The global discussion thread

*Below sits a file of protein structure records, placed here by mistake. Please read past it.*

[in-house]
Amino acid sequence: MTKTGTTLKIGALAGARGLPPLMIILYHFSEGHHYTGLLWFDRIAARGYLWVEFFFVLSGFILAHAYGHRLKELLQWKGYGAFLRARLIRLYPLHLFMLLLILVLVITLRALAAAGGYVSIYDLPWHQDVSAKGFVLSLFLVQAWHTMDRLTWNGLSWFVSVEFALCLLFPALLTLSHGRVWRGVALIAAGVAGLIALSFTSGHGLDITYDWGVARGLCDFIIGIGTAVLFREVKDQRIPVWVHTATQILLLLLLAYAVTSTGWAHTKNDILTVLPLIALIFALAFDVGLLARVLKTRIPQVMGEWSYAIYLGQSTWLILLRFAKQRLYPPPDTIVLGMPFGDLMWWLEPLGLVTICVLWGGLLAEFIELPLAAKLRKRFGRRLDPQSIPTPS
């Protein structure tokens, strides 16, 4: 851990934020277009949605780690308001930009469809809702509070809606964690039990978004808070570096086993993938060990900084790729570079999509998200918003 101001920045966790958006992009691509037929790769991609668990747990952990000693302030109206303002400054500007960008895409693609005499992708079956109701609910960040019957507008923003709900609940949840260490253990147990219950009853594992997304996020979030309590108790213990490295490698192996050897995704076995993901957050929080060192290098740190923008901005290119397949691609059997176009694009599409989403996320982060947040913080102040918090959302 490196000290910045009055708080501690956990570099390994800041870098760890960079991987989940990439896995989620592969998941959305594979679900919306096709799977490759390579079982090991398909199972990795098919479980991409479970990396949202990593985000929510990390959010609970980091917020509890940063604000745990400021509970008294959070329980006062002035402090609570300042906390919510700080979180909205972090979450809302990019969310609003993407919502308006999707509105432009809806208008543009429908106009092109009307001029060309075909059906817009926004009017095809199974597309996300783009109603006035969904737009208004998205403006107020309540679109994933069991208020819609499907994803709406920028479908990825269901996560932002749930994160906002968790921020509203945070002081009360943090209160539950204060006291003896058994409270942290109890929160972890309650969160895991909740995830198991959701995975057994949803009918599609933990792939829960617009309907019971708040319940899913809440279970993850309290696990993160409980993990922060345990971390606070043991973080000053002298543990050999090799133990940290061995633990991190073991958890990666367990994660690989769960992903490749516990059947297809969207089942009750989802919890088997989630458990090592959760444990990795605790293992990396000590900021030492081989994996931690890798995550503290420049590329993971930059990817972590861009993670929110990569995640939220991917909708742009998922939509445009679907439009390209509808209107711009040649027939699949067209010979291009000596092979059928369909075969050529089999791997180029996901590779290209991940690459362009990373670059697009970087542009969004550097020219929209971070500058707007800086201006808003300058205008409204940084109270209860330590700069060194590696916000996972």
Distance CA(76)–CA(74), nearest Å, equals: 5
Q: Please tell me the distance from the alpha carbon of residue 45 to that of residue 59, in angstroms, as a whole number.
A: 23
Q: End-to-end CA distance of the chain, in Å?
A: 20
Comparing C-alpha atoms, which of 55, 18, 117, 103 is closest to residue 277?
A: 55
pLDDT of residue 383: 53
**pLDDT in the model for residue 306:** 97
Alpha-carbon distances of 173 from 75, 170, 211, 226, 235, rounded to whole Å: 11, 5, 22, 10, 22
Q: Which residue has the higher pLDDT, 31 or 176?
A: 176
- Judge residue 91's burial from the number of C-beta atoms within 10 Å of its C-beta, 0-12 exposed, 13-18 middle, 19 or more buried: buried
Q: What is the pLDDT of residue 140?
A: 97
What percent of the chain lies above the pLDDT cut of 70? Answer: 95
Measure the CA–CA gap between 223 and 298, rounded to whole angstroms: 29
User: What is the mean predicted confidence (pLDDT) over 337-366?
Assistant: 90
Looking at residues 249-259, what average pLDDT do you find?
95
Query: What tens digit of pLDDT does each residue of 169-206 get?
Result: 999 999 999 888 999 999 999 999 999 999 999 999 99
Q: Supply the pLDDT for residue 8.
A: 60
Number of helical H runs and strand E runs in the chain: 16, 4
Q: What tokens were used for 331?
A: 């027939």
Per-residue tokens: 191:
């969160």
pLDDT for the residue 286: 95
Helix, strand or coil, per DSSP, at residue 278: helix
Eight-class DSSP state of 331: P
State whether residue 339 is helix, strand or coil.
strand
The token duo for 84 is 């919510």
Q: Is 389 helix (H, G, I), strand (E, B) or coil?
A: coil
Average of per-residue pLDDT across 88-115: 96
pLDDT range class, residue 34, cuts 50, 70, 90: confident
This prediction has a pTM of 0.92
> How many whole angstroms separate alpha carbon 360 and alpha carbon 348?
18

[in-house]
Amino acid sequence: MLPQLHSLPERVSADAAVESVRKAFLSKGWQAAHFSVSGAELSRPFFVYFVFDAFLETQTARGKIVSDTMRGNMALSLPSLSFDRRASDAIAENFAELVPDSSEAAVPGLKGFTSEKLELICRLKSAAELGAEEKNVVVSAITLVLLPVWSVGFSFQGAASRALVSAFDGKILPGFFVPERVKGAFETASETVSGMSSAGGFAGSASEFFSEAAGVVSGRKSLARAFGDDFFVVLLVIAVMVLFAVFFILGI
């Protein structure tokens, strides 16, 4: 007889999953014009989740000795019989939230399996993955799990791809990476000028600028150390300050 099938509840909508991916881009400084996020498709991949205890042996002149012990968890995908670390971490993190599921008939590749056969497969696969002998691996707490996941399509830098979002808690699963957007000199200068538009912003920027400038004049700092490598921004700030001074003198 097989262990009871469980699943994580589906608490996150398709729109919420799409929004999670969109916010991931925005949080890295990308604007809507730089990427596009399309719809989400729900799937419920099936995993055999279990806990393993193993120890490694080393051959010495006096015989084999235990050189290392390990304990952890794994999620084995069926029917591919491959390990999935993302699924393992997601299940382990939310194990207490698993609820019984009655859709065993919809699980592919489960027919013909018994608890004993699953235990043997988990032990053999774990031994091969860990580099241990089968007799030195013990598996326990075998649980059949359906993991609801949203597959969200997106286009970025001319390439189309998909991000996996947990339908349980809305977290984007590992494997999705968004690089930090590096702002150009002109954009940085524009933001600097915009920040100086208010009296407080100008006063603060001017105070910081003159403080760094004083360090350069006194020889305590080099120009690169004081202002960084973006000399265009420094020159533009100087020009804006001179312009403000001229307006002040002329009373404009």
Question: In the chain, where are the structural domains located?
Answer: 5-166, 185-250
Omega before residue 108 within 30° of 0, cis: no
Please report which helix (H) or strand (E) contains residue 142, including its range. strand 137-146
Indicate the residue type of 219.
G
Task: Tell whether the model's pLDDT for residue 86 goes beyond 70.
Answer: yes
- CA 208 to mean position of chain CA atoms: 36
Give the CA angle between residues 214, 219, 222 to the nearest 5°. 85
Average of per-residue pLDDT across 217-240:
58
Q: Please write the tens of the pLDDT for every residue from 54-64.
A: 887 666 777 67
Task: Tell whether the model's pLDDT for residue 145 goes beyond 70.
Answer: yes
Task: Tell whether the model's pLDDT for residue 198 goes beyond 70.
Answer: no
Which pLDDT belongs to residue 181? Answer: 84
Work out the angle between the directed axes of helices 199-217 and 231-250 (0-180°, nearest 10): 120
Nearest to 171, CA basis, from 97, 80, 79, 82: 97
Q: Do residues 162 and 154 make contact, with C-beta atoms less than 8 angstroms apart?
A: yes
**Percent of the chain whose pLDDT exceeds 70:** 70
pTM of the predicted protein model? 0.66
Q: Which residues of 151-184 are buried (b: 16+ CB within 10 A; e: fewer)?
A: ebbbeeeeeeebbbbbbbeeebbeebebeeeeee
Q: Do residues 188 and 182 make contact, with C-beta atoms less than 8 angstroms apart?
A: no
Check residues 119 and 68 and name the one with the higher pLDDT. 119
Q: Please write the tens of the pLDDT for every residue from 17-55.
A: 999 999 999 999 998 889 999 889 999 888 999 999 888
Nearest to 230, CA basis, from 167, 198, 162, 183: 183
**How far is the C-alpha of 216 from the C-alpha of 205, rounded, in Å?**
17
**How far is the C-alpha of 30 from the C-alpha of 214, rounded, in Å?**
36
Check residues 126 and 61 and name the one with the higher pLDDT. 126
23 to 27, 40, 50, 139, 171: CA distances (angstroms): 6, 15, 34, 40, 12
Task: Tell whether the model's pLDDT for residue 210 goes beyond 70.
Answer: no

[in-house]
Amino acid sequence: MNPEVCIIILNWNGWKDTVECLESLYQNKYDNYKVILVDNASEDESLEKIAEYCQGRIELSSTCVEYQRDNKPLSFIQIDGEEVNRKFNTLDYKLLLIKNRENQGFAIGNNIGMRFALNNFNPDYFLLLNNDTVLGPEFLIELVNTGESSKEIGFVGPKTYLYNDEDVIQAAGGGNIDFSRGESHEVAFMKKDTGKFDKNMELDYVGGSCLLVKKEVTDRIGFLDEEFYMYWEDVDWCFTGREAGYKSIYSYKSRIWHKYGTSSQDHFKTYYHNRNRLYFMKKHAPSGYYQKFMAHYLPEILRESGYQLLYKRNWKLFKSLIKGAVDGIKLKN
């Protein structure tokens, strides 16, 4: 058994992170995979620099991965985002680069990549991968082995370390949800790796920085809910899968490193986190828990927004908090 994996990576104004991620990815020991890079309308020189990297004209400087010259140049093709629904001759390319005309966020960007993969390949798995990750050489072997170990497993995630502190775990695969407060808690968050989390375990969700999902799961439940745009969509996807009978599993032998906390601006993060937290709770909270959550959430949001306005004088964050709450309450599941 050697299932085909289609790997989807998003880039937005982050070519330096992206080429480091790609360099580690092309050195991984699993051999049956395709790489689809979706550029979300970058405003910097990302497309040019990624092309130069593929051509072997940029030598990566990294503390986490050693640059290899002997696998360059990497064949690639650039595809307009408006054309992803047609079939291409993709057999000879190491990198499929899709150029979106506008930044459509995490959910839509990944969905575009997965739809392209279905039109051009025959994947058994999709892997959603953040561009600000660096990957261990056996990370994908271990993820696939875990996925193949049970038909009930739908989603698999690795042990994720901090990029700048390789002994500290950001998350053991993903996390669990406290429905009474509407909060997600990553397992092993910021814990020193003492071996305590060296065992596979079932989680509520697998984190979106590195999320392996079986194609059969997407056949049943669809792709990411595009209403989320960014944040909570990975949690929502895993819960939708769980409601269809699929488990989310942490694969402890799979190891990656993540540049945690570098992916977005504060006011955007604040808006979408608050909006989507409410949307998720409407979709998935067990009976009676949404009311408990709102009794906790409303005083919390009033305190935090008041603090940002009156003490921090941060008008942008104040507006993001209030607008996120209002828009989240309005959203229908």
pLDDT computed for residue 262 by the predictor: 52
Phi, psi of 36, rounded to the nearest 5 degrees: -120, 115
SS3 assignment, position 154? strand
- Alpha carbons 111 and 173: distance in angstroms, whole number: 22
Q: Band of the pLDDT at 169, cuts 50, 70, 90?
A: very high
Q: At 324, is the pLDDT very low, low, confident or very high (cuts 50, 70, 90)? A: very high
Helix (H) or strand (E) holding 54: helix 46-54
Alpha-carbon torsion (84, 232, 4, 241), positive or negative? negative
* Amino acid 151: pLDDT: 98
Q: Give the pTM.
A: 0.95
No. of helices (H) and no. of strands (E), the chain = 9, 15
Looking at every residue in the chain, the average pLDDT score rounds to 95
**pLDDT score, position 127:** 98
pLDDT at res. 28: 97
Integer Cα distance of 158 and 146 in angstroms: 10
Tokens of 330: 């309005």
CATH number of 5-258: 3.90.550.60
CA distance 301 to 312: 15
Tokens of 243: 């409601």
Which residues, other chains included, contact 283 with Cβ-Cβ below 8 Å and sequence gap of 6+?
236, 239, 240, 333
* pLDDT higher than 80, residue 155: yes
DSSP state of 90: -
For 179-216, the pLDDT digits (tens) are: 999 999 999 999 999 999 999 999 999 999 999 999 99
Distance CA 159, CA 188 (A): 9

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The author analyzes the arrangement patterns of the discussion forums from three massive open online courses (MOOCs) for their potential in facilitating global civic discussion and learner communities. Based on Michael Warner’s theorizing of the textual public, the author observes that different learner communities and educational opportunities emerge across three overlapping types of discussion patterns. The linear responsive patterns produce more exclusive, scientific learner communities and advance epistemic understanding in competitive and cooperative modes of discussion. Additive patterns produce more inclusive democratic publics that bring learners together through the engagement of brainstorming different aspects of public problems and solutions to these problems. The repetitive discussion pattern has the potential to produce activist publics based on shared perceptions and experiences of problems that take on formation through the repetition of statements from different participants. With regard to the repetitive thread, the author observes that repetition unfolds a mimetic style that is fueled by textuality itself. Despite the redundancy of repetition, repetition is productive in escalating affective energy with the potential to motivate different forms of public activism. The author concludes that repetitive addition and additive repetition are chronological processes that build a public presence iteratively through time. The timely presence that is maintained through additive and repetitive patterns on digital discussion forums allows participants from across global distances to affiliate as a people around the urgency of global concerns.